| Thursday, November 27, 2008 - 06:04 am |
Well stated BorderC.
@Vali. Your sentiments are noble and an example of how successful our free societies have become at sheltering our citizens from the harsh realities of much of the world. I respect your views and take some satisfaction from the belief that you may live your entire life without being forced by reality to modify them.
However, I believe killing a murderer is sometimes morally correct. I have no issue with homosexuals whatsoever. So how EXACTLY am I morally equivalent to some crackpot who advocates their or any other cultural subgroup's murder?
@ Dear Zet. Your responses were concise as ever, but you never rebutted my statements. You have only reiterated that a "right" to life exists.
Who grants this mythical right?
Who guarantees it?
Stating it does not make it so. In point of fact, no American here can claim a Constitutional right to life. The central question of whether the State reserves the authority to terminate the lives of its citizens has long been settled in this country. Our own Bill of Rights answers that question.
No person shall be held to answer for any capital, or otherwise infamous crime, unless on a presentment or indictment of a Grand Jury, except in cases arising in the land or naval forces, or in the Militia, when in actual service in time of War or public danger; nor shall any person be subject for the same offence to be twice put in jeopardy of life or limb; nor shall be compelled in any criminal case to be a witness against himself, nor be deprived of life, liberty, or property, without due process of law; nor shall private property be taken for public use, without just compensation.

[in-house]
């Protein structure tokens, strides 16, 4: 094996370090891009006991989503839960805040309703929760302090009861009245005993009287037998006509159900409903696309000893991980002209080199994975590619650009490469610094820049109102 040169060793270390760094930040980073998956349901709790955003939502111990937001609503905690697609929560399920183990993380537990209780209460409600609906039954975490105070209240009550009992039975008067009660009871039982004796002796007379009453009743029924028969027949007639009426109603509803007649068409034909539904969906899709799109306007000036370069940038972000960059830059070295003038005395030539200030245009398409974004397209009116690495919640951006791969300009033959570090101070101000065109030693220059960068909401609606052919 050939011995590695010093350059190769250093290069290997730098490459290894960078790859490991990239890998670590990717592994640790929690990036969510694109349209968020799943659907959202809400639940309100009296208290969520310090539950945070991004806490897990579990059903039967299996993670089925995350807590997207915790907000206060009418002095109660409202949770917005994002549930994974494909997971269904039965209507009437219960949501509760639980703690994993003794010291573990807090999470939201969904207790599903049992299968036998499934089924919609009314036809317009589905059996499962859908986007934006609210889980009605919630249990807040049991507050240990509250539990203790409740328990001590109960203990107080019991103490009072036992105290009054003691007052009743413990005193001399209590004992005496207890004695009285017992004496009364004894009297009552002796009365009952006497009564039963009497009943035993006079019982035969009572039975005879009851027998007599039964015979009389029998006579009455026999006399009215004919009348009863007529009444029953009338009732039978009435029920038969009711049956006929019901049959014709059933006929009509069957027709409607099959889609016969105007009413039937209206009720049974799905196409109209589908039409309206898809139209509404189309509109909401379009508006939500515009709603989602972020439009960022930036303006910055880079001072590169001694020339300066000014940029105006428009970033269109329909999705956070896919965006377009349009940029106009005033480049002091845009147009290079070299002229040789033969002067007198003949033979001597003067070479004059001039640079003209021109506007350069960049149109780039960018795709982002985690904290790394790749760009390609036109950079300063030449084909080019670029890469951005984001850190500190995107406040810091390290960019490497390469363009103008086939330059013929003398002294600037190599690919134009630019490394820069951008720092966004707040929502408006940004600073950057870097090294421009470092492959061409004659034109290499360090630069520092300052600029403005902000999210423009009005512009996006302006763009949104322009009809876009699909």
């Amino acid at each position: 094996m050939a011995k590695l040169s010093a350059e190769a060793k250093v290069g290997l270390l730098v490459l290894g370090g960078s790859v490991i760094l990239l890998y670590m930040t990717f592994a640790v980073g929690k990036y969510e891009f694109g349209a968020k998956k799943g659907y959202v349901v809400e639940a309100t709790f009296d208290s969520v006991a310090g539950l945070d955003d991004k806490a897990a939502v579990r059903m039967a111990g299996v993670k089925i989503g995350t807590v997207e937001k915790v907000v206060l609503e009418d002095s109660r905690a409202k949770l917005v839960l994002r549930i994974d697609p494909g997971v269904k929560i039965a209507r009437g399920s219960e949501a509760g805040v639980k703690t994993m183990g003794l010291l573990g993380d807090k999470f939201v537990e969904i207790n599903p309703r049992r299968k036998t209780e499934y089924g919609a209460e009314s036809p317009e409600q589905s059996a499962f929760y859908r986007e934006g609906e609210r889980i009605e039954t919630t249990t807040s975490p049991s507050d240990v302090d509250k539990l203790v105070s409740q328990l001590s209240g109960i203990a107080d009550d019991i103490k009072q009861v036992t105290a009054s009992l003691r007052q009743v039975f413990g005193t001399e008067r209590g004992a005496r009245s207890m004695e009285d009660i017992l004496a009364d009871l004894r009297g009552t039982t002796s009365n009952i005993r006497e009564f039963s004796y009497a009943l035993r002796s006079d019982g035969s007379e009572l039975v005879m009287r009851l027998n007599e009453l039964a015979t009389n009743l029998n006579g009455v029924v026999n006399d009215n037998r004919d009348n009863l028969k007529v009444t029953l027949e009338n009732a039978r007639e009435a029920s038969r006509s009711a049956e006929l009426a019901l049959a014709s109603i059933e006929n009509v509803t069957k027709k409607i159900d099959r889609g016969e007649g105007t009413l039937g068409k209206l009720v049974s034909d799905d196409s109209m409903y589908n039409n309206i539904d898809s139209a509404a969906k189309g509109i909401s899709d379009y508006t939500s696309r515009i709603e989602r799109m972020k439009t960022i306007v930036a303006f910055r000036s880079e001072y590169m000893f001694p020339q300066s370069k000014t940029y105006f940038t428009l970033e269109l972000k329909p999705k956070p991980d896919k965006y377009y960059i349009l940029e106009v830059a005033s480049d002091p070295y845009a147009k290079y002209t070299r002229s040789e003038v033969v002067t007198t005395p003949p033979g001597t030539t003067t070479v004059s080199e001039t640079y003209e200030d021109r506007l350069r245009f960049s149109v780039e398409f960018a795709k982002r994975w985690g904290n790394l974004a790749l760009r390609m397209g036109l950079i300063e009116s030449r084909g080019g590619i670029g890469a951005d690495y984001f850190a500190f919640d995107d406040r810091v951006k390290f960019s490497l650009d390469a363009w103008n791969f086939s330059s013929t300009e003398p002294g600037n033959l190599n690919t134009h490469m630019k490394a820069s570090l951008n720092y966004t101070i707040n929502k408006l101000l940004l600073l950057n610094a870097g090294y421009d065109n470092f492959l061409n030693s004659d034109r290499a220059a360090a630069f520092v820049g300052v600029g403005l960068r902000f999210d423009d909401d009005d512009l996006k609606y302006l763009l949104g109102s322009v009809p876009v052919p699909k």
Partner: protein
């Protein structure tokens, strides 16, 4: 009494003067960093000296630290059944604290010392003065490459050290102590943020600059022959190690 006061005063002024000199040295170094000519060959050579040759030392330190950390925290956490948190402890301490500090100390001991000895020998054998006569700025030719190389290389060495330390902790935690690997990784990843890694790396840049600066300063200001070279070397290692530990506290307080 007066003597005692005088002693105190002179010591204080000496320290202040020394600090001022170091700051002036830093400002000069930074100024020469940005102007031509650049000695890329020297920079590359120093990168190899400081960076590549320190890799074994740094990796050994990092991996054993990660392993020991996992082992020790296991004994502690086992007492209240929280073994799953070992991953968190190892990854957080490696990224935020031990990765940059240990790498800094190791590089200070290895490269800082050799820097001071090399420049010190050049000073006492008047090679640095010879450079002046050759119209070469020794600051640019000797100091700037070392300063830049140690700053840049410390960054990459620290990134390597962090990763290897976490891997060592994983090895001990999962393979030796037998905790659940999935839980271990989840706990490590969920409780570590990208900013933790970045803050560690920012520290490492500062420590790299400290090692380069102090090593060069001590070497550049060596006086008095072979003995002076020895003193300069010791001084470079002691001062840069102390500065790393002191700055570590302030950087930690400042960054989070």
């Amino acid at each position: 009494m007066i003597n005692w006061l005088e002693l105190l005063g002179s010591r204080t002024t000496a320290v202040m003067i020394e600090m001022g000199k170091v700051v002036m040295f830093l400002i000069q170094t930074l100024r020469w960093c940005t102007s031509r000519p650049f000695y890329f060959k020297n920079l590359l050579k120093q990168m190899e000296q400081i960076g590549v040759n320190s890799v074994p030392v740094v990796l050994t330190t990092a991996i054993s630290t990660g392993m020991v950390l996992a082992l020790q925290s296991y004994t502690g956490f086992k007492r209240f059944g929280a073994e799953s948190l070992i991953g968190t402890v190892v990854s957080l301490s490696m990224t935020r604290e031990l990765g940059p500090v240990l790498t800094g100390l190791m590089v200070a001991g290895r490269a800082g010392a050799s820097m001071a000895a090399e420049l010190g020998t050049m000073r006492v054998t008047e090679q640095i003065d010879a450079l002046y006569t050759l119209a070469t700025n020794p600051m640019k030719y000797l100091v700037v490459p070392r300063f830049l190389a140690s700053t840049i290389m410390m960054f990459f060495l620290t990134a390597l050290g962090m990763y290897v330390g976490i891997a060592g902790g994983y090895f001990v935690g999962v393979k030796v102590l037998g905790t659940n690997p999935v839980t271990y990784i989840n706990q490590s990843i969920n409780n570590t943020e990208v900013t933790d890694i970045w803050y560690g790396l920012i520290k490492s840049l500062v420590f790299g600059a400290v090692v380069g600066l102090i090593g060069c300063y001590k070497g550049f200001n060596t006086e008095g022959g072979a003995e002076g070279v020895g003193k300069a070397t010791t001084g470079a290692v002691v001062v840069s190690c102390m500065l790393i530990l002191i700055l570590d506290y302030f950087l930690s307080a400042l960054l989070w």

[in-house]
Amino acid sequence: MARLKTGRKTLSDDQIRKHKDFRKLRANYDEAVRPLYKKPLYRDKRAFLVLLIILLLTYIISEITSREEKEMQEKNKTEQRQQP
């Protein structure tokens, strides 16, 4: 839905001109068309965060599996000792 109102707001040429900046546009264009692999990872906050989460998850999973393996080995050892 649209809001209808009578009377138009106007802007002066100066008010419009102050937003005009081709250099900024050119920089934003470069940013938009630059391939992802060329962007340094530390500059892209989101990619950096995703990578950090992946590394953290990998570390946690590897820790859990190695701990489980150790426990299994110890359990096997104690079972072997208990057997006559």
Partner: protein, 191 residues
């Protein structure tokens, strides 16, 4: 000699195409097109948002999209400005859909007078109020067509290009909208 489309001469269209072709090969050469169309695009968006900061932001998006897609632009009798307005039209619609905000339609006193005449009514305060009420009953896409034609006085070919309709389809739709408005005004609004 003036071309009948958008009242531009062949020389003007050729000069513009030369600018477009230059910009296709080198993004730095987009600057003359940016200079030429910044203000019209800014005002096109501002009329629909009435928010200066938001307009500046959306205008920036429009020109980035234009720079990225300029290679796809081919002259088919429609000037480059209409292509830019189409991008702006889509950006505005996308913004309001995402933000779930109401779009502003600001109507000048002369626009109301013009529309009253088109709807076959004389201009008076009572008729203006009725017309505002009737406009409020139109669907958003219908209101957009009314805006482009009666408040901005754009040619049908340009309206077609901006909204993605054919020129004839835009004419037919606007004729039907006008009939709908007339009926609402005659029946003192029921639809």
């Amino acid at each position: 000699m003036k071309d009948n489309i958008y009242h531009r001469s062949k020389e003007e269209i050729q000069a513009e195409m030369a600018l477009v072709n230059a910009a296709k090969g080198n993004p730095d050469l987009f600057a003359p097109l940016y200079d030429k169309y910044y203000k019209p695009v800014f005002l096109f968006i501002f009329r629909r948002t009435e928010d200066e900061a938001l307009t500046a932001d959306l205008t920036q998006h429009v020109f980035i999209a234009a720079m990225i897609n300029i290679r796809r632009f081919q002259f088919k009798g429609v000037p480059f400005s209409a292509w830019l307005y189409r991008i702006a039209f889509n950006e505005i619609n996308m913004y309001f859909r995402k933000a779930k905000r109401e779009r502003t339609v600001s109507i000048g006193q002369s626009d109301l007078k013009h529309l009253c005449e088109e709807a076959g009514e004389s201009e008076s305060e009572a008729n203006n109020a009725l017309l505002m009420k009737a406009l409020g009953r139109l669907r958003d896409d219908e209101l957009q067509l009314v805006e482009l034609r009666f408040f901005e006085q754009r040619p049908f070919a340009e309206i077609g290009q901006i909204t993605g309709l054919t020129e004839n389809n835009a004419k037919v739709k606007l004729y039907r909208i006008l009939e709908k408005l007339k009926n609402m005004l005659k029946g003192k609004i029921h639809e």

Whether such applies in theory to European nations, I have no idea. But in practice? You have armed police forces with the authority to use lethal force in the lawful performance of their duties. Therefore, your governments DO, in practice, reserve to themselves the "right" to terminate the lives of citizens.
While in some respect, we are arguing semantics, the premise that we have any "inalienable" right to exist is not supported by fact. Whatever guarantees or protections you may think exist in the social contracts between citizens and governments in our nations are entirely theoretical. Calling it a RIGHT does not give it force.
2: something to which one has a just claim: as a: the power or privilege to which one is justly entitled (voting rights) (his right to decide)
b(1): the interest that one has in a piece of property ,often used in plural (mineral rights) (2)plural : the property interest possessed under law or custom and agreement in an intangible thing especially of a literary and artistic nature (film rights of the novel)
3: something that one may properly claim as due (knowing the truth is her right)
4: the cause of truth or justice
All such "rights" are only as valid as the will and capacity to enforce or honor them. Therefore, one cannot claim that their government cannot execute them because they have a "right" to live. They do not.